At the moment, Gastreatment Services (GtS) from The Netherlands is the only supplier of cryogenic upgrading technology. GtS have a pilot plant in the Nether-lands, consisting of a unit for CGB production and another unit with higher capaci-ty for liquefaction. Therefore, the two units are linked via a buffer and the liquefac-tion unit must be operated semi-batchwise. Apart from the pilot plant, GtS have built commercial cryogenic upgrading plants in Loudden and Sundsvall in Sweden.

Another plant was originally planned in Varberg but will not be built. GtS does not give any statements on the state of the existing plants. Therefore, the following information is collected from different persons involved in the operation of the plants.

The Loudden plant at Tivoliverket is owned by Scandinavian Biogas Fuels AB and has been built since 2009 with a planned capacity of 400 Nm³/h of raw biogas.

Since then, the plant has had several severe operational problems ranging from programming issues to leakages and design flaws for heat exchangers and cool-ing machines. Also, the gas entercool-ing the liquefaction step contained too high con-centrations of carbon dioxide, c.f. Table 11. This should have been corrected by the addition of a polishing step using a molecular sieve, which never has been im-plemented. In late 2011, the first LBG was produced, however, the production never exceeded very limited flows. Most of the problems have been solved in the meantime, but there is no more activity from GtS at the moment. After having can-celled all contracts with GtS, Scandinavian Biogas Fuels will require the removal of the plant and is looking at other, conventional solutions for upgrading and distribu-tion.

The situation in Sundsvall is similar. According to Mittsverige Vatten, the supplier of the raw gas, the plant is almost finished but is not able to produce noteworthy amounts of liquid biogas on a continuous basis. The gas supply contract as well as the building license have expired in autumn 2012.

In the meantime, GtS have announced the delivery of a new plant for LBG pro-duction to the Schoteroog landfill in Haarlem in the northern part of the Nether-lands. This is near the headquarter of GtS, which should give much better condi-tions to work with the plant optimization and handle and solve practical problems.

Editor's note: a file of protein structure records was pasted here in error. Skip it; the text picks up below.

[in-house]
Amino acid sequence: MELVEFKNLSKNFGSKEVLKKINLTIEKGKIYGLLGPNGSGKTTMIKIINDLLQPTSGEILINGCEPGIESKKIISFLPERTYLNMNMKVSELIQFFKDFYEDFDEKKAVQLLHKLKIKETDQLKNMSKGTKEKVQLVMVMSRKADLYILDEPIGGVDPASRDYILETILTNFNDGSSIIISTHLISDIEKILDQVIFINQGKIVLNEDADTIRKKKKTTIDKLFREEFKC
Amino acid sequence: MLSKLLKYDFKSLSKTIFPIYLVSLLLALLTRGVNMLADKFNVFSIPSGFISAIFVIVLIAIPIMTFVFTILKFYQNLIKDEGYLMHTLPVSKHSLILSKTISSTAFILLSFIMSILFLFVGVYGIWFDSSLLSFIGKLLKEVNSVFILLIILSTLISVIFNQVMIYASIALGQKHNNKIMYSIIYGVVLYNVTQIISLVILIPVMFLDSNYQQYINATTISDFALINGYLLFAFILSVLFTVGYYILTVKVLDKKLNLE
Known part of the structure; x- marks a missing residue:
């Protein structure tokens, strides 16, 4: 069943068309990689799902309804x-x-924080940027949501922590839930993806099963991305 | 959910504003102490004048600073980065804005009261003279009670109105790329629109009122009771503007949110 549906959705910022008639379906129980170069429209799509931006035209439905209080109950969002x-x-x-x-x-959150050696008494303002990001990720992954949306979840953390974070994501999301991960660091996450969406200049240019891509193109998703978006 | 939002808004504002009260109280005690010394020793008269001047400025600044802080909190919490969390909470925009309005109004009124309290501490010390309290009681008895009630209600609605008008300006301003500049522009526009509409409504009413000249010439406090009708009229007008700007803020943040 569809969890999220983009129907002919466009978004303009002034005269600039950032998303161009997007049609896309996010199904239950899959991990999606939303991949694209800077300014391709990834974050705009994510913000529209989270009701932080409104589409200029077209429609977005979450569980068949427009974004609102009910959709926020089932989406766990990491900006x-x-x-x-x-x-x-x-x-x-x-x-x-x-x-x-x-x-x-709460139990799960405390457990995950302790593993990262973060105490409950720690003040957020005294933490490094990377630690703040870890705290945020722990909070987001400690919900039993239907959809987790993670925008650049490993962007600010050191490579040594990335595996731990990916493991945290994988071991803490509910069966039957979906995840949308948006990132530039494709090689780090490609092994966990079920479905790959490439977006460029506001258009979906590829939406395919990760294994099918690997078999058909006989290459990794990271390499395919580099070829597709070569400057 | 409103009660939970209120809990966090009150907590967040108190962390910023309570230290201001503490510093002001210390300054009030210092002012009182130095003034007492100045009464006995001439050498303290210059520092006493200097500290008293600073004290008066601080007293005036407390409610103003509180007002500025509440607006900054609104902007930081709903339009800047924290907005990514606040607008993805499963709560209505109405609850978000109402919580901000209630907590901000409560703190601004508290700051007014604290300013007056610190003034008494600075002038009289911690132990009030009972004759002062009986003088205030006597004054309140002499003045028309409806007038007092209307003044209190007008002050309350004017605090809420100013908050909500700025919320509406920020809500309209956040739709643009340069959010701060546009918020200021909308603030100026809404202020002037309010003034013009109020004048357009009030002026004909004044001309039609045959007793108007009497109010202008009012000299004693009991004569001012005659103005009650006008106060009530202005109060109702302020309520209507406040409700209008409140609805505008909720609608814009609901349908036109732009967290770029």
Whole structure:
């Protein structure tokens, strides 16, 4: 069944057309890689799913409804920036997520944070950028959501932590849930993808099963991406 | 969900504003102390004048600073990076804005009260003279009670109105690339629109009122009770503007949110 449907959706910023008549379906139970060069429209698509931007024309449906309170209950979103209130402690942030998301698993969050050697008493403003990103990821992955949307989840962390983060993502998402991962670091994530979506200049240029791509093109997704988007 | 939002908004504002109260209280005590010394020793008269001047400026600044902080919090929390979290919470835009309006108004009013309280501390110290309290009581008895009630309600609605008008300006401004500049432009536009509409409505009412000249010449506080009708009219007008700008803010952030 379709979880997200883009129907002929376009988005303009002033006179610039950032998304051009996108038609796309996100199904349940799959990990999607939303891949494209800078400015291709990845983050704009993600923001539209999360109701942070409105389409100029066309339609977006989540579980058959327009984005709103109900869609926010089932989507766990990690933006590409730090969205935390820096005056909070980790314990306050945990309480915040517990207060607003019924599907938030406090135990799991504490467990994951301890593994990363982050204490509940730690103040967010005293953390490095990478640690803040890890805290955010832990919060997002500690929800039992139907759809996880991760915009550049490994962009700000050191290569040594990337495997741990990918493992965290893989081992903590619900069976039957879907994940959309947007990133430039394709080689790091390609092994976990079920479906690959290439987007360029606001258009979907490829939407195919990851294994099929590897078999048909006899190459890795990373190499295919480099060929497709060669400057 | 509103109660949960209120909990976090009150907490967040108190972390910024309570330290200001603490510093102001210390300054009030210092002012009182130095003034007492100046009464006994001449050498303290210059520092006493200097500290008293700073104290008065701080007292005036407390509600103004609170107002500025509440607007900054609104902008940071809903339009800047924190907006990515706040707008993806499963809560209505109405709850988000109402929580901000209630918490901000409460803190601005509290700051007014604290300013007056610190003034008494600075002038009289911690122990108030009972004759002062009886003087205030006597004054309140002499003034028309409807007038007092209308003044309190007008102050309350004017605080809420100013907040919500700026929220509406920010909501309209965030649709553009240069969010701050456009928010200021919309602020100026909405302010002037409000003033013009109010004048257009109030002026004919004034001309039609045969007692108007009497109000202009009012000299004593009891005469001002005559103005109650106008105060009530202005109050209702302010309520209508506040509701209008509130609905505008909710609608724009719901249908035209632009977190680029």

The plant is to treat gas from the nearby WWTP with a total raw gas flow of 280 Nm³/h equivalent to approx. 122 kg/h of LBG. The upgrading part of the plant is in operation since mid 2012 and is reported to work as expected. The

liquefac-tion step has been commissioned in autumn 2012, but without any informaliquefac-tion on its operability at the hour of writing.

Methane losses are specified by GtS to be less than 2 %, and can be expected to be below 0.5 % in an optimized plant (K. Andersson et al. 2009). Electricity con-sumption is expected by GtS to be approx. 0.45 kWh/Nm³ raw gas for LBG pro-duction. Almost 100 % of the CO2 can be recovered as LCO2; however, this will increase the energy demand of the process.

The LBG is normally produced at an elevated pressure of 17 bar(a), which im-plies that it can be stored at temperatures much higher than -160 °C. This can be an inconvenience for distribution purposes since the margin to the pressure where the boil-off of the LBG must be released to the atmosphere becomes quite small. If the LBG was produced at lower pressure (and hence lower temperature), it could be stored for a longer time without the need to release boiled-off gas.

Apart from GtS, a small startup company in Gothenburg called BioFriGas is aim-ing at developaim-ing a small scale, low budget cryogenic biogas upgradaim-ing and lique-faction process. Work has begun and a first pilot plant has been built at Sobacken, the waste treatment plant in Borås in Sweden. At the moment, the only information available on the planned process available is that it is supposed to be based on standard equipment and shall have a capacity of 25 Nm³/h.